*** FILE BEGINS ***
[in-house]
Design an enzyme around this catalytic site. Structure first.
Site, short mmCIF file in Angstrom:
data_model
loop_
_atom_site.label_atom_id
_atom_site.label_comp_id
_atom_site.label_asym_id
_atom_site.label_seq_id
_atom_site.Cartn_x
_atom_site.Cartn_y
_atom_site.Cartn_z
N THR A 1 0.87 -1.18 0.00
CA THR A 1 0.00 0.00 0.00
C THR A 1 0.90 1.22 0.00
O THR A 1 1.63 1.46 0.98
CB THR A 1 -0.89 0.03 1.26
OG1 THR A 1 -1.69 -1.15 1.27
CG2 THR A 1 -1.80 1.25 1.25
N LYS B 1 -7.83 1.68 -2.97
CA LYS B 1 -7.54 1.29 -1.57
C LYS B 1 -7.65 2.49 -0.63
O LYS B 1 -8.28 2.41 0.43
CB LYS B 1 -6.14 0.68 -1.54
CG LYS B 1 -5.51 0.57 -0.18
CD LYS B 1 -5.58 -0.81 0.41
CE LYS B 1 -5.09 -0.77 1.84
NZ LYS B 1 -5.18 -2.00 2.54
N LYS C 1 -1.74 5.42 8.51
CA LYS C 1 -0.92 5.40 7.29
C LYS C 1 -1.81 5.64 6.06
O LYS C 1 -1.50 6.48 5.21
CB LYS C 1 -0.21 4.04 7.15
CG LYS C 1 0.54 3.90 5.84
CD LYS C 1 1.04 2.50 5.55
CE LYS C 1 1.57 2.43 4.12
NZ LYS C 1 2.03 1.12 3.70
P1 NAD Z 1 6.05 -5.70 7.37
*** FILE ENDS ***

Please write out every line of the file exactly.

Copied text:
[in-house]
Design an enzyme around this catalytic site. Structure first.
Site, short mmCIF file in Angstrom:
data_model
loop_
_atom_site.label_atom_id
_atom_site.label_comp_id
_atom_site.label_asym_id
_atom_site.label_seq_id
_atom_site.Cartn_x
_atom_site.Cartn_y
_atom_site.Cartn_z
N THR A 1 0.87 -1.18 0.00
CA THR A 1 0.00 0.00 0.00
C THR A 1 0.90 1.22 0.00
O THR A 1 1.63 1.46 0.98
CB THR A 1 -0.89 0.03 1.26
OG1 THR A 1 -1.69 -1.15 1.27
CG2 THR A 1 -1.80 1.25 1.25
N LYS B 1 -7.83 1.68 -2.97
CA LYS B 1 -7.54 1.29 -1.57
C LYS B 1 -7.65 2.49 -0.63
O LYS B 1 -8.28 2.41 0.43
CB LYS B 1 -6.14 0.68 -1.54
CG LYS B 1 -5.51 0.57 -0.18
CD LYS B 1 -5.58 -0.81 0.41
CE LYS B 1 -5.09 -0.77 1.84
NZ LYS B 1 -5.18 -2.00 2.54
N LYS C 1 -1.74 5.42 8.51
CA LYS C 1 -0.92 5.40 7.29
C LYS C 1 -1.81 5.64 6.06
O LYS C 1 -1.50 6.48 5.21
CB LYS C 1 -0.21 4.04 7.15
CG LYS C 1 0.54 3.90 5.84
CD LYS C 1 1.04 2.50 5.55
CE LYS C 1 1.57 2.43 4.12
NZ LYS C 1 2.03 1.12 3.70
P1 NAD Z 1 6.05 -5.70 7.37